Indonesia's Foreign Ministry and central bank are seeking investment from the Persian Gulf to meet its target of increasing Shariah-compliant banking assets by 35 percent this year.
The delegation may meet officials in the Middle East as soon as this month, with Saudi Arabia and Kuwait the most likely destinations, Mulya Siregar, the Jakarta-based director of Islamic services at Bank Indonesia, said in a May 31 interview.
Policy makers estimate the industry will grow to 135 trillion rupiah ($15.8 billion) in 2011, from 100.3 trillion rupiah at the end of last year.
Indonesia, which has the world's biggest Muslim population, wants to increase its Islamic assets that are about 10 percent the size of Malaysia's, according to central bank data. Albaraka Banking Group BSC,
Bahrain's biggest publicly traded bank, reiterated yesterday it was looking to make an acquisition in Indonesia and may invest $100 million in the country.
"We welcome foreign banks because not only will they inject the funds needed but also bring about expertise and be able to share knowledge on Islamic banking," Siregar said. "That's what we need, a sharing of skills and know-how so we can innovate more products needed by the market."
Doha-based Qatar National Bank SAQ, the country's biggest lender by assets, completed a 69.59 percent purchase of PT Bank Kesawan, a non-Shariah compliant bank in Indonesia, in January. Jeddah, Saudi Arabia-based Islamic Development Bank and Kuwait's Boubyan bank KSC are majority shareholders in PT Bank Muamalat Indonesia. Albaraka currently has a representative office in the country.
'Very Big Market'
"We are very keen to have a presence there," Adnan Ahmed Yousif, Manama-based chief executive officer of Albaraka Banking, said in an interview yesterday. "It's a very big market, especially in Islamic banking."
Indonesia passed a law in 2008 allowing the sale of Islamic bonds by the government to boost growth in the industry. In December last year, the central bank formed a 10-member joint committee with the nation's board of Shariah scholars and association of accountants to speed up the approval process for new products. A January proposal for tax cuts on Islamic investment accounts is awaiting parliamentary approval.
The government is increasing domestic sukuk sales and plans to issue its second dollar-denominated Islamic bond in the second half of the year.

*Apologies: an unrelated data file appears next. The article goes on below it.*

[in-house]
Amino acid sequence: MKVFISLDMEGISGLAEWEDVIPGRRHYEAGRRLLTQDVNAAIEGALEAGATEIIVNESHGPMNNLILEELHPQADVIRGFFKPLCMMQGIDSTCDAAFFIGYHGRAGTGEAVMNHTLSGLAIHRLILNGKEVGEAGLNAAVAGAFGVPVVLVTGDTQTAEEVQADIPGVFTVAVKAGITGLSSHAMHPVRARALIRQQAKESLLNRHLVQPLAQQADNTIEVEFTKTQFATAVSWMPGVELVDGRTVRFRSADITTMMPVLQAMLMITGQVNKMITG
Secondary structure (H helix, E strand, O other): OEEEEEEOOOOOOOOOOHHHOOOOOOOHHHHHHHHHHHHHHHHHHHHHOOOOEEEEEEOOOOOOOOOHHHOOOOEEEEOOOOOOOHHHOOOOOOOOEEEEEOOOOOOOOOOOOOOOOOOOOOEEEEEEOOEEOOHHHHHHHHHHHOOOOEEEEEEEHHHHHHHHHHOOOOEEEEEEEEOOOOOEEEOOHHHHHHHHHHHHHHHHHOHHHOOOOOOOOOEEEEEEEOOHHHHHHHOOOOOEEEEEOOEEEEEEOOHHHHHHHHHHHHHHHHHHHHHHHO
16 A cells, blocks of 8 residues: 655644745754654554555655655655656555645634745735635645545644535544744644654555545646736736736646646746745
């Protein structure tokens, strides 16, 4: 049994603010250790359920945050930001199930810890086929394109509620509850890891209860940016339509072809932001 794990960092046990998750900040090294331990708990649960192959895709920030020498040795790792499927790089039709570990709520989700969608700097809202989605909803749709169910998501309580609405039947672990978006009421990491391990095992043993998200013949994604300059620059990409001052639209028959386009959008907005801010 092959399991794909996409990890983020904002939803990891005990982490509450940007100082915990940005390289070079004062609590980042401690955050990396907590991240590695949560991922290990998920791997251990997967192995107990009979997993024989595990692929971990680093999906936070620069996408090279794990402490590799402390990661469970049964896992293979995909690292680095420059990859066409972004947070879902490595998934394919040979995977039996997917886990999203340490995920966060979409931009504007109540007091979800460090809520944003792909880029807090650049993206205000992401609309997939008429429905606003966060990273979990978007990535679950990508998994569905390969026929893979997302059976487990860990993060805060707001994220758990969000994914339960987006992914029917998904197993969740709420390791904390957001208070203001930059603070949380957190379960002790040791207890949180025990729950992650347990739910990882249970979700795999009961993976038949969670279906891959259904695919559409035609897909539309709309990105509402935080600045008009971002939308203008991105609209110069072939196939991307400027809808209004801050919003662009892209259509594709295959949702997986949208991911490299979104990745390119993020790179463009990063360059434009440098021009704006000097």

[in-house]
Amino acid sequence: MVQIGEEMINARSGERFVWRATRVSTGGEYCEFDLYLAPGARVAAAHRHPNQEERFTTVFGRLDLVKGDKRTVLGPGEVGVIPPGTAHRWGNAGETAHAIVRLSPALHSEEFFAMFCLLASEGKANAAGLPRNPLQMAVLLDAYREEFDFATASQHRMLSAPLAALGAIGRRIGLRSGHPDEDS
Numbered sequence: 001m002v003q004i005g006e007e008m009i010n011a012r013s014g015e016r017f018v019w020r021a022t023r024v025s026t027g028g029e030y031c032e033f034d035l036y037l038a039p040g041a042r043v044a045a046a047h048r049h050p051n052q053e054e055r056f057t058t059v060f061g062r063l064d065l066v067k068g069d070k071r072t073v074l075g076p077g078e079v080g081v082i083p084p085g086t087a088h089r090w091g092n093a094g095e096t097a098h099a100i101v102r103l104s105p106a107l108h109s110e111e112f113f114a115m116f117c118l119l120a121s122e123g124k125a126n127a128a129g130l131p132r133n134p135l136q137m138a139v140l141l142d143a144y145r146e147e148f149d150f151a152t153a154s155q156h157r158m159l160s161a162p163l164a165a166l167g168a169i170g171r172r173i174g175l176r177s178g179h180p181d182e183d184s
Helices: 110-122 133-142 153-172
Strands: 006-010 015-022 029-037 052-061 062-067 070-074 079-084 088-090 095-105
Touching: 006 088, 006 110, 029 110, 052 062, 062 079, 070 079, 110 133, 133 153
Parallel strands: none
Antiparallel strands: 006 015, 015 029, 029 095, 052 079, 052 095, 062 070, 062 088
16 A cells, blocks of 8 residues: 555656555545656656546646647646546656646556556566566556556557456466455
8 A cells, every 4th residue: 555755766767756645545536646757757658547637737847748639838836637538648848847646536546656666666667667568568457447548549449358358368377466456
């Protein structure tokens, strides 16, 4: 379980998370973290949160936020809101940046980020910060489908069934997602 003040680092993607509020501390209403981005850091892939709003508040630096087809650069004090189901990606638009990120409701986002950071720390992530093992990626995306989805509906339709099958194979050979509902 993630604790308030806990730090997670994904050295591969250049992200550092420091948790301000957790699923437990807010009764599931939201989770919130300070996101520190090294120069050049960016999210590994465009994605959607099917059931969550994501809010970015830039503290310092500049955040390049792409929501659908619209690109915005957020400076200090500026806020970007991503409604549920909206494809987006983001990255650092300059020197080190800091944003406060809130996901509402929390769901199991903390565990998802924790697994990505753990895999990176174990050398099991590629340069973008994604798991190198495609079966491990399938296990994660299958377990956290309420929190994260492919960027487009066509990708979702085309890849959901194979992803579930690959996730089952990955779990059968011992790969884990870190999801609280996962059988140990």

Issuance of local-currency Shariah-compliant notes reached 17.94 trillion rupiah this year, approaching the 27.76 trillion rupiah in 2010, according to combined data from the debt management office and the Capital Market and Financial Institution Supervisory.
Global sales of sukuk, which pay asset returns to comply with Islam's ban on interest, rose 25 percent to $7.7 billion this year, from the same period in 2010, according to data compiled by Bloomberg.
The difference between the average yield for sukuk and the London interbank offered rate narrowed three basis points, or 0.03 percentage point, to 244 on May 31, according to the HSBC/NASDAQ Dubai US Dollar Sukuk Index. Average yields dropped two basis points to 3.98 percent.
Shariah-compliant bonds gained 5.2 percent this year, according to the HSBC/NASDAQ Dubai US Dollar Sukuk Index. Debt in developing markets rose 4 percent, JPMorgan Chase and Co.'s EMBI Global Diversified Index shows.
Bank Indonesia may be trying to attract some of the funds that are going into Malaysia, the world's biggest sukuk market, Anton Gunawan, chief economist at Jakarta-based PT Bank Danamon, said in an interview May 31. Malaysia has 350.8 billion ringgit ($116 billion) of Islamic assets, according to central bank data.
"The potential for growth is huge; look at Indonesia's Muslim population, the growth in the economy and funds needed to develop the country's infrastructure,” said Gunawan. "Since the Islamic financial industry is relatively small, the room for growth is huge.”
Malaysia's dollar-denominated Islamic notes are outperforming those of Indonesia this year, returning 3.7 percent versus 1.8 percent. Indonesia's Islamic banking assets reached 104 trillion rupiah as of March 31, Siregar said May 31.
The yield on Indonesia's 8.8 percent sukuk due April 2014 fell 17 basis points this year to 2.96 percent, according to prices from the Royal Bank of Scotland Group. The rate on Malaysia's 3.928 percent note maturing in June 2015 dropped 66 basis points to 2.26 percent, according to RBS prices.
The Bloomberg-AIBIM-Bursa Malaysia Sovereign Shariah Index, which tracks the most-traded ringgit-denominated government securities, was little changed at 102.432 yesterday. The gauge has gained 1.3 percent this year.
Indonesia's pace of economic growth is also attractive, according to Manama, Bahrain-based Unicorn Investment Bank BSC.
Gross domestic product in Southeast Asia's biggest economy increased 6.1 percent in 2010, lagging behind the 7.2 percent pace in Malaysia. Growth may reach the upper end of Bank Indonesia's forecast range of 6 percent to 6.5 percent in 2011, the central bank said in a statement May 12.
"We're open to all sorts of investment opportunities in Indonesia given the right price,” Nida Raza, senior vice president of capital markets at Unicorn Investment, said in an interview from Manama May 31. "It's a new up-and-coming market and something of an attraction to us and other Islamic banks.”